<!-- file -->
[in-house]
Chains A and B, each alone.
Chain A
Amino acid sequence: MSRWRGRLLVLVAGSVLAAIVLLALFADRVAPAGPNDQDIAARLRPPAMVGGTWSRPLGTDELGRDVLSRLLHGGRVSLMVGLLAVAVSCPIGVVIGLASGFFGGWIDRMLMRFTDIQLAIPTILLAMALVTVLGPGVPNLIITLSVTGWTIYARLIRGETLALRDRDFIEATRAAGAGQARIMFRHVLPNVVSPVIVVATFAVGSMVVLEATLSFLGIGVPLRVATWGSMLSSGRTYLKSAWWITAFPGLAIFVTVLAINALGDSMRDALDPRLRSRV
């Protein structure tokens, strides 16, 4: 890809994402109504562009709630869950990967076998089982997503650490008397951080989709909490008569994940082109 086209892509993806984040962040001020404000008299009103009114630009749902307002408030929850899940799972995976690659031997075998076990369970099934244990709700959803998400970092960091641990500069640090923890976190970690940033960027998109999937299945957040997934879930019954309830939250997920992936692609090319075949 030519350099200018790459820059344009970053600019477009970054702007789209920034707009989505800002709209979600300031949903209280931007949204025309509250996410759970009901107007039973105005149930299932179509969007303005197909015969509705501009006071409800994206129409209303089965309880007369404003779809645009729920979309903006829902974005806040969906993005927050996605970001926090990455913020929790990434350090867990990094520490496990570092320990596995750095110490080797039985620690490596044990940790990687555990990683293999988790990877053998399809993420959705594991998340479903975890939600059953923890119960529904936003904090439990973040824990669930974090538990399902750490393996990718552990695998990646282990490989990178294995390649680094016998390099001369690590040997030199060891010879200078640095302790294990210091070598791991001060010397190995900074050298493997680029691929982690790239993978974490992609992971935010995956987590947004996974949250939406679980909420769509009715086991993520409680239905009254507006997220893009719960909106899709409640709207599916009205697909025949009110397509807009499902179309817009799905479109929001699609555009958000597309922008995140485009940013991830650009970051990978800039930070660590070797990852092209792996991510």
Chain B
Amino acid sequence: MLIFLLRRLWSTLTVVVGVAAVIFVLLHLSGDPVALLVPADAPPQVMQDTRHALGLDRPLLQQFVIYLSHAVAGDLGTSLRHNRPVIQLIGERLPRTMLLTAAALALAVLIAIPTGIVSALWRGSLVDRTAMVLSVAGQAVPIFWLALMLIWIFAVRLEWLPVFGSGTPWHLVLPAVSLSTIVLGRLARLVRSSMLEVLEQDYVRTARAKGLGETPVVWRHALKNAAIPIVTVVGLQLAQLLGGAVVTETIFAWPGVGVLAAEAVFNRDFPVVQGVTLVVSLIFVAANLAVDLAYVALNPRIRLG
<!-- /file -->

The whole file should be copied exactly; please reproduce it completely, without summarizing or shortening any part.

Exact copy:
[in-house]
Chains A and B, each alone.
Chain A
Amino acid sequence: MSRWRGRLLVLVAGSVLAAIVLLALFADRVAPAGPNDQDIAARLRPPAMVGGTWSRPLGTDELGRDVLSRLLHGGRVSLMVGLLAVAVSCPIGVVIGLASGFFGGWIDRMLMRFTDIQLAIPTILLAMALVTVLGPGVPNLIITLSVTGWTIYARLIRGETLALRDRDFIEATRAAGAGQARIMFRHVLPNVVSPVIVVATFAVGSMVVLEATLSFLGIGVPLRVATWGSMLSSGRTYLKSAWWITAFPGLAIFVTVLAINALGDSMRDALDPRLRSRV
């Protein structure tokens, strides 16, 4: 890809994402109504562009709630869950990967076998089982997503650490008397951080989709909490008569994940082109 086209892509993806984040962040001020404000008299009103009114630009749902307002408030929850899940799972995976690659031997075998076990369970099934244990709700959803998400970092960091641990500069640090923890976190970690940033960027998109999937299945957040997934879930019954309830939250997920992936692609090319075949 030519350099200018790459820059344009970053600019477009970054702007789209920034707009989505800002709209979600300031949903209280931007949204025309509250996410759970009901107007039973105005149930299932179509969007303005197909015969509705501009006071409800994206129409209303089965309880007369404003779809645009729920979309903006829902974005806040969906993005927050996605970001926090990455913020929790990434350090867990990094520490496990570092320990596995750095110490080797039985620690490596044990940790990687555990990683293999988790990877053998399809993420959705594991998340479903975890939600059953923890119960529904936003904090439990973040824990669930974090538990399902750490393996990718552990695998990646282990490989990178294995390649680094016998390099001369690590040997030199060891010879200078640095302790294990210091070598791991001060010397190995900074050298493997680029691929982690790239993978974490992609992971935010995956987590947004996974949250939406679980909420769509009715086991993520409680239905009254507006997220893009719960909106899709409640709207599916009205697909025949009110397509807009499902179309817009799905479109929001699609555009958000597309922008995140485009940013991830650009970051990978800039930070660590070797990852092209792996991510």
Chain B
Amino acid sequence: MLIFLLRRLWSTLTVVVGVAAVIFVLLHLSGDPVALLVPADAPPQVMQDTRHALGLDRPLLQQFVIYLSHAVAGDLGTSLRHNRPVIQLIGERLPRTMLLTAAALALAVLIAIPTGIVSALWRGSLVDRTAMVLSVAGQAVPIFWLALMLIWIFAVRLEWLPVFGSGTPWHLVLPAVSLSTIVLGRLARLVRSSMLEVLEQDYVRTARAKGLGETPVVWRHALKNAAIPIVTVVGLQLAQLLGGAVVTETIFAWPGVGVLAAEAVFNRDFPVVQGVTLVVSLIFVAANLAVDLAYVALNPRIRLG